Atrius Health has a long standing history of investing tens of millions of dollars in the use of electronic health records (EHR) and electronic prescribing to improve the care of our 1 million patients. Over the past year, all of our practices have attested on behalf of our eligible providers as required by the federal government’s Meaningful Use (MU) requirements. Atrius Health has reinvested the funds received back into the EHR as well as other improvements to the care of our patients.
A little-known provision contained within last year’s payment reform bill (Chapter 224 of the Acts of 2012) included a requirement that all physicians “demonstrate the skills to comply with Meaningful Use requirements” as a condition of licensure effective January 1, 2015. Unfortunately, the language did not provide additional guidance to explain the intent or scope of the requirements. The federal government’s MU requirements clearly defined those individuals who are “eligible providers,” however Massachusetts’ Chapter 224 makes no distinction.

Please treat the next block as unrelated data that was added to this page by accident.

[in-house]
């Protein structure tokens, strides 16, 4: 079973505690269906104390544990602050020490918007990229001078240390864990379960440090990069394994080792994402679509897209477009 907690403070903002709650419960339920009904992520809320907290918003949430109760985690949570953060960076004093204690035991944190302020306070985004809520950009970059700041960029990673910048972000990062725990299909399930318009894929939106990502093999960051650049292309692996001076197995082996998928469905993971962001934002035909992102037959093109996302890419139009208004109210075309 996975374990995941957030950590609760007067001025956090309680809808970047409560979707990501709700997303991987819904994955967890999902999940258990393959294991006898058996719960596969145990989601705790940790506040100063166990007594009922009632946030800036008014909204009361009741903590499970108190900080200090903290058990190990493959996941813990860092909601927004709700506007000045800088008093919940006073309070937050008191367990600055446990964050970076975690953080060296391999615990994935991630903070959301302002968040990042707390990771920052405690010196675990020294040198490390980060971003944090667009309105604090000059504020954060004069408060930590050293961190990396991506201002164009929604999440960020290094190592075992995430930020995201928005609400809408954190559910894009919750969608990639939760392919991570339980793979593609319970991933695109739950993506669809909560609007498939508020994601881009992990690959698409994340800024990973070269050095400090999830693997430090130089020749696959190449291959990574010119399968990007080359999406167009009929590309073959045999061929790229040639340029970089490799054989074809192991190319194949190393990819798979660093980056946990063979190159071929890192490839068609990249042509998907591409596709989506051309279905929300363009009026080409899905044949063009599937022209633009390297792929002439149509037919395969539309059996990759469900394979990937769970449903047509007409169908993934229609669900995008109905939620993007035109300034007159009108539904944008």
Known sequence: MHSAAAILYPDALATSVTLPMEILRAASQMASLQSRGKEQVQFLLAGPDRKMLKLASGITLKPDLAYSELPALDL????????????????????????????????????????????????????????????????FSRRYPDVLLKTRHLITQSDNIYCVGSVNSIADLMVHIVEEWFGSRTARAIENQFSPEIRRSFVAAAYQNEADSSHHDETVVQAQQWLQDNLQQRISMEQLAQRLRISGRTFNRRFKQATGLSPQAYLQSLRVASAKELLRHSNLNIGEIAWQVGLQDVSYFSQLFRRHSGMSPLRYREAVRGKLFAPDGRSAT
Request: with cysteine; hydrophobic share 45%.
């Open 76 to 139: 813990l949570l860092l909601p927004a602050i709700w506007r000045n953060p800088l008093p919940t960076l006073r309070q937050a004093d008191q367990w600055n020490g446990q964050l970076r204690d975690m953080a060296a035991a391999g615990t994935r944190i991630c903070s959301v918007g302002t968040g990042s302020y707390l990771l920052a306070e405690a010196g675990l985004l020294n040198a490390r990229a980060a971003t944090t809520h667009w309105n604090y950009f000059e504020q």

The original intent of the section in question was to advance adoption of electronic medical records in the Commonwealth. This is a goal we strongly support; however, linking licensure of physicians to federal meaningful use financial incentives is an inappropriate measure of progress. Massachusetts has a very high certification rate for meaningful use with over 14,000 individual physicians having met the requirements for stage 1, but, there are still approximately 40,000 licensed physicians in Massachusetts. Strict interpretation of the language from Chapter 224 would lead to denials of licensure renewal for 26,000 physicians.
In addition, there are approximately 4,800 physicians in training, residents and interns that are licensed in Massachusetts. Most would be ineligible for meaningful use certification because they have not treated patients for more than a year. Implementation of the meaningful use provisions in Chapter 224 could potentially end medical training programs in Massachusetts.
Although the Board of Registration in Medicine (BORM) has been made aware of the issue and has been asked to interpret this new requirement in the broadest way possible, to date no changes have been proposed by the BORM.
Legislation has been proposed to correct the unintended consequences of this language within Chapter 224 of the Acts of 2012, which we support. House Bill 1925, “An Act Relative to Physician Health Information Technology”, was recently heard before the Joint Committee on Public Health. We encourage the Legislature to enact this bill quickly to ensure that over half the licensed physicians in the state are not suddenly faced with licensure action.